Remembering Charlie Munger

Investment ideas we learned from him

Dear Investors,

Charlie Munger passed away this week.

We remember him by sharing a few ideas that we learned from him.

Sincerely, Raj

Warren Buffett, 93 (left) & Charlie Munger, 99 (right)

This week Charlie Munger passed away at the age of 99. He was the vice-chairman of Berkshire Hathaway and business partner to Warren Buffett for 60 years. He is credited for moving Warren’s investment style away from cigar-butt investing.

When Warren first started out, he would buy companies that were in trouble and selling for less than what they were worth. He reasoned that they had a puff or two left in them, like a discarded cigar-butt found on the street.

Charlie Munger changed Warren’s thinking toward paying more and buying better quality companies. In the 1989 letter to shareholders, Warren said:

“It's far better to buy a wonderful company at a fair price than a fair company at a wonderful price. Charlie understood this early; I was a slow learner. But now, when buying companies or common stocks, we look for first-class businesses accompanied by first-class managements.”

Warren Buffett

That was the first time, the famous quote was used, but the idea had been percolating for a while. In the 1981 shareholder’s letter Warren talked about preferring to own a small part of a wonderful business for its economic benefits, rather than controlling a business to report its account numbers. Clearly, the idea of wonderful businesses had already found its way to his mind.

Thought experiment

Let’s do a little thought experiment to see how these ideas play out in investing.

Imagine that the entire stock market consisted of two companies, Average and Extraordinary. The only difference between these companies was that the earnings at Extraordinary grew faster than those at Average. 

Now let’s assume that the market always wants to keep the price-to-earnings ratio equal on these two companies.

PE ratio = share price / earnings per share

On day 1, both companies have the same PE ratio. A year later, both these companies have increased their earnings, but Extraordinary has increased its earnings more than Average.

What must happen?

Well, to keep the PE ratio the same, the price has to increase. But the price of Extraordinary has to go up more than the price of Average.

Over time, what we see is that if the market assigns the same PE ratio to both companies, the price of Extraordinary company must increase at a faster pace than the price of Average company. In other words, Extraordinary must deliver a better return than Average.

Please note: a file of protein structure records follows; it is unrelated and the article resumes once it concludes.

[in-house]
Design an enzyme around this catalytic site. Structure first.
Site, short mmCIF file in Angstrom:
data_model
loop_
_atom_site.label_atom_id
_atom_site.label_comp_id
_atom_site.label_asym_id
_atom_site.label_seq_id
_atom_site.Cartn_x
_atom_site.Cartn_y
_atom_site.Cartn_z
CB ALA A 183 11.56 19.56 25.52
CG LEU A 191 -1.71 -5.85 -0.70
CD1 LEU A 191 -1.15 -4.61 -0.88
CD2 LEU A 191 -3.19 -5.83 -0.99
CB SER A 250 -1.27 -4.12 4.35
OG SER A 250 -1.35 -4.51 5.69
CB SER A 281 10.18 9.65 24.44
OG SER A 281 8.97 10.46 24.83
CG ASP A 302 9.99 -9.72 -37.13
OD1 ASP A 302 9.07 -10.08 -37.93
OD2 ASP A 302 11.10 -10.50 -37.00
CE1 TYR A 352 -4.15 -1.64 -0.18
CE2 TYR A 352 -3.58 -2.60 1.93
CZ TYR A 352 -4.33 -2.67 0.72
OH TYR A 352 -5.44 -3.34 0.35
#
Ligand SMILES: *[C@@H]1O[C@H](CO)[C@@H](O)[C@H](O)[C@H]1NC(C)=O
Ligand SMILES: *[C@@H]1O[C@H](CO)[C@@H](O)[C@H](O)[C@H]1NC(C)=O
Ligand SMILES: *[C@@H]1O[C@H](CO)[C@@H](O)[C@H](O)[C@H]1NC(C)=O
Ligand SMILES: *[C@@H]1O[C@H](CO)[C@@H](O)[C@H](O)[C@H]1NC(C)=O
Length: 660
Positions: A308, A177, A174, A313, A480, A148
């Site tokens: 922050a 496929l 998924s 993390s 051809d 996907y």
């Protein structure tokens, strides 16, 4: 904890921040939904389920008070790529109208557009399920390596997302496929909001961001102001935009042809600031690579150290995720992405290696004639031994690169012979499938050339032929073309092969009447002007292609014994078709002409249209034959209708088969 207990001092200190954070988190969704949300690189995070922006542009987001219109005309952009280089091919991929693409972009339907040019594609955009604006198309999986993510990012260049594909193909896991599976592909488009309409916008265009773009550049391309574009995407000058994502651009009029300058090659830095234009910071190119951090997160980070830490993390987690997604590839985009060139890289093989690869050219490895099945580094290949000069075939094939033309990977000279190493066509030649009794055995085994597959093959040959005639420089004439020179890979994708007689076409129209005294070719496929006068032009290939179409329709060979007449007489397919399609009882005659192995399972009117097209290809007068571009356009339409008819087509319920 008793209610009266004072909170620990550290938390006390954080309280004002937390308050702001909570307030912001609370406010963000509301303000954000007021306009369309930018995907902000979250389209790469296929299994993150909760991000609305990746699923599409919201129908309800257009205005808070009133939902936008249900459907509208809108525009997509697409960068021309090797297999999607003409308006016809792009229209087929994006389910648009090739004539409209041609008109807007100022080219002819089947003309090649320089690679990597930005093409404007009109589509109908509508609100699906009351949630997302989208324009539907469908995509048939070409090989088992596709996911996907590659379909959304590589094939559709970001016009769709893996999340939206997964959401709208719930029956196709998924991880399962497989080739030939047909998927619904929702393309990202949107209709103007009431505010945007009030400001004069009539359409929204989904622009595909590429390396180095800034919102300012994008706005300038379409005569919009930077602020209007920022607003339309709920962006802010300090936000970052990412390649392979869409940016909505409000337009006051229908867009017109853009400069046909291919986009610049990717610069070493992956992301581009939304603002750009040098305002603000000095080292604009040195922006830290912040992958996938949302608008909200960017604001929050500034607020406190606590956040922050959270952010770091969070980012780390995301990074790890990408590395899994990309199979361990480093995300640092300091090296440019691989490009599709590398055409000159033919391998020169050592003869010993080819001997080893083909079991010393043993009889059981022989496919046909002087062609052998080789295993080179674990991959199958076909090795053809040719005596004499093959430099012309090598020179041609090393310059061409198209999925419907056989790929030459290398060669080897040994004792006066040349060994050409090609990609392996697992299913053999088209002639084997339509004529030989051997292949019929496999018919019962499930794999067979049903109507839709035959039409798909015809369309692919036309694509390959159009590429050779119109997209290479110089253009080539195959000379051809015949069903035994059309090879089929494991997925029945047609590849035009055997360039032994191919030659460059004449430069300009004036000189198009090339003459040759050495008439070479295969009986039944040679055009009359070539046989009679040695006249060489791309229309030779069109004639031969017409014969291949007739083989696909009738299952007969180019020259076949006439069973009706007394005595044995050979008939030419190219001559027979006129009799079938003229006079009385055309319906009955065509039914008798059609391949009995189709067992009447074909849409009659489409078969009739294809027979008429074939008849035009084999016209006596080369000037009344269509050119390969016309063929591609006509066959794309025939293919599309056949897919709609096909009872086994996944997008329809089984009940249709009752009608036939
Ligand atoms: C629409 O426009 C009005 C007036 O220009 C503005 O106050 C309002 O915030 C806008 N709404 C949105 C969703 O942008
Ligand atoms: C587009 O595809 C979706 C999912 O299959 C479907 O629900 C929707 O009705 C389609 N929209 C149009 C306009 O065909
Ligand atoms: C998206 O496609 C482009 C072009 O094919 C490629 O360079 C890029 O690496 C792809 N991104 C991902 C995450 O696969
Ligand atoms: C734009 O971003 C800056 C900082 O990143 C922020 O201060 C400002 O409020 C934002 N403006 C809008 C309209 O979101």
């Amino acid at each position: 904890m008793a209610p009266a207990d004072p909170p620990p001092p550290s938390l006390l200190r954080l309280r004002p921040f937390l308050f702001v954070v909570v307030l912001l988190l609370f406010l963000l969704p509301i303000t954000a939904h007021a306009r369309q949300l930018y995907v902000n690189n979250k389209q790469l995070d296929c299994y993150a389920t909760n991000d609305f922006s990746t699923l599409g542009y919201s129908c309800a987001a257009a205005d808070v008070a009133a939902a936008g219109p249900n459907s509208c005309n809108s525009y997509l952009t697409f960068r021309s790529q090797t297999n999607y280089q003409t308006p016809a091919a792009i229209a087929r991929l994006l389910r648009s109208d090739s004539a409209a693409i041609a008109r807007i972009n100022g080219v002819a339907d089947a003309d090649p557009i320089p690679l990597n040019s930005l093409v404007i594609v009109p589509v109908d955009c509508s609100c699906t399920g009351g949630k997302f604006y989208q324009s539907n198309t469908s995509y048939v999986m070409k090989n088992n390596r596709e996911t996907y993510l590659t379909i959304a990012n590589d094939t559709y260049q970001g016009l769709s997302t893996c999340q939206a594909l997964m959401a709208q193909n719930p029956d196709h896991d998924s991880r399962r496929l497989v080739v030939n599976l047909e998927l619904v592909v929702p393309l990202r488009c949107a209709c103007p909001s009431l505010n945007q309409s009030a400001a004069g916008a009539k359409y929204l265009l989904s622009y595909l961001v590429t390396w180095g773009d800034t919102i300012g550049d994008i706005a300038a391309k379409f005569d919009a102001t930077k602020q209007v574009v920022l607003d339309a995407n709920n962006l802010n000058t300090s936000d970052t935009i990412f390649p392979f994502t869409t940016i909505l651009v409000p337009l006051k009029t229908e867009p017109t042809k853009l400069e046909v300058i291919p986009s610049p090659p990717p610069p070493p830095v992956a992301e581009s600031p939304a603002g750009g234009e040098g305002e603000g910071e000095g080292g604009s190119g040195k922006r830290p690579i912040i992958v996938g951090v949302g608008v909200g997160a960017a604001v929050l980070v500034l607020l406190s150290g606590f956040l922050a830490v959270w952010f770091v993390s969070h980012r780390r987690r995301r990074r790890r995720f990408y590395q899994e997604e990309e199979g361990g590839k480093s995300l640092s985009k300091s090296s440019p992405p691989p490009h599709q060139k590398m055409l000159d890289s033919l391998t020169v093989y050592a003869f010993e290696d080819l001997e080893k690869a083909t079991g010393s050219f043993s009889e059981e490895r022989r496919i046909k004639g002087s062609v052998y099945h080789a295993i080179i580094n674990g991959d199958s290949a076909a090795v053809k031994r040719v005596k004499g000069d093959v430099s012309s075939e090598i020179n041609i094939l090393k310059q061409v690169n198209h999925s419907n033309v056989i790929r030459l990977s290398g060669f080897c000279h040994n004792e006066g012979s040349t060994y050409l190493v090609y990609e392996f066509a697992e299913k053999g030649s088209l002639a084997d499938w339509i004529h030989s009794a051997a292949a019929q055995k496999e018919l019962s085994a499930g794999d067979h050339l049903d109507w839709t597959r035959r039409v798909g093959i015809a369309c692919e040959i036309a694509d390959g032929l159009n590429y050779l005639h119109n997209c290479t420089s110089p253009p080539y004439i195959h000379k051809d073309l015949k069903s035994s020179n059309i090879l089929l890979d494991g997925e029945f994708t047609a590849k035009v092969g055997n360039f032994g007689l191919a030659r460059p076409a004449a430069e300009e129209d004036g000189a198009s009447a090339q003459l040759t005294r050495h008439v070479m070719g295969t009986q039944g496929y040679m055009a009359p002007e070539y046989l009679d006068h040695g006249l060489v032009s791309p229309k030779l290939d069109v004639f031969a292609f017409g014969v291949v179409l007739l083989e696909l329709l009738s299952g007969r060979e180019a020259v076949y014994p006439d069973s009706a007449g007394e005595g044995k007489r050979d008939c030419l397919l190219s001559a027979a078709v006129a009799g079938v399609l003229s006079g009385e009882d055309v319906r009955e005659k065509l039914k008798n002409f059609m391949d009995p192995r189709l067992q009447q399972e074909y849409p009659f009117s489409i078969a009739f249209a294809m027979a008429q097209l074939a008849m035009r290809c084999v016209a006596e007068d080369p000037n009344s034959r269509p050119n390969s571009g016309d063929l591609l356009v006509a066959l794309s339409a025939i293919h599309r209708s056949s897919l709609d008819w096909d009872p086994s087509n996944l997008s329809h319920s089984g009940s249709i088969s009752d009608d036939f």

But as Charlie Munger always said “invert, always invert”.

Let’s invert the situation. The market does not rate all companies the same. So let’s imagine things backward. If we wanted Extraordinary and Average to give us the same return over time, how could we get that?

Simple, to get the same return over time, the starting price of Extraordinary would have to be higher than the starting price of Average. If the price were high enough, both companies would give exactly the same return. In this case, Extraordinary’s starting PE ratio would be higher than Average’s - it would be more expensive.

Here’s the key point - there exists a price at which even an extraordinary company gives you average returns. If you pay more than that price, you get substandard returns. If you pay less, you get superior returns. So the maximum price you would ever want to pay for an extraordinary company is the price at which its returns become equal to the average.

Guess what? Now you have a valuation framework. You know the following:

  • Extraordinary companies that can maintain their competitive advantage, will outperform average companies.

  • But the market rates these companies higher and assigns higher prices to them. That does not automatically make them too expensive. You have to judge their “expensiveness” in relation to the return that you can achieve from them over time.

  • In other words, it’s okay to pay more for a better quality business, but you can’t pay any price.

Assessing these three points is the job of every investor. You have to make judgements about an unknown future to determine where that maximum price is for a company. If you can buy the shares for less than that maximum price, you will earn superior returns. 

This is easier said than done, but it is how we try to think about investing in extraordinary companies.

Final thoughts

Like many others, we stand on the shoulders of giants like Charlie Munger who figured out these ideas. They were unconventional at the time. But he was intellectually generous and shared these ideas with the World. Many of us are better off for it.

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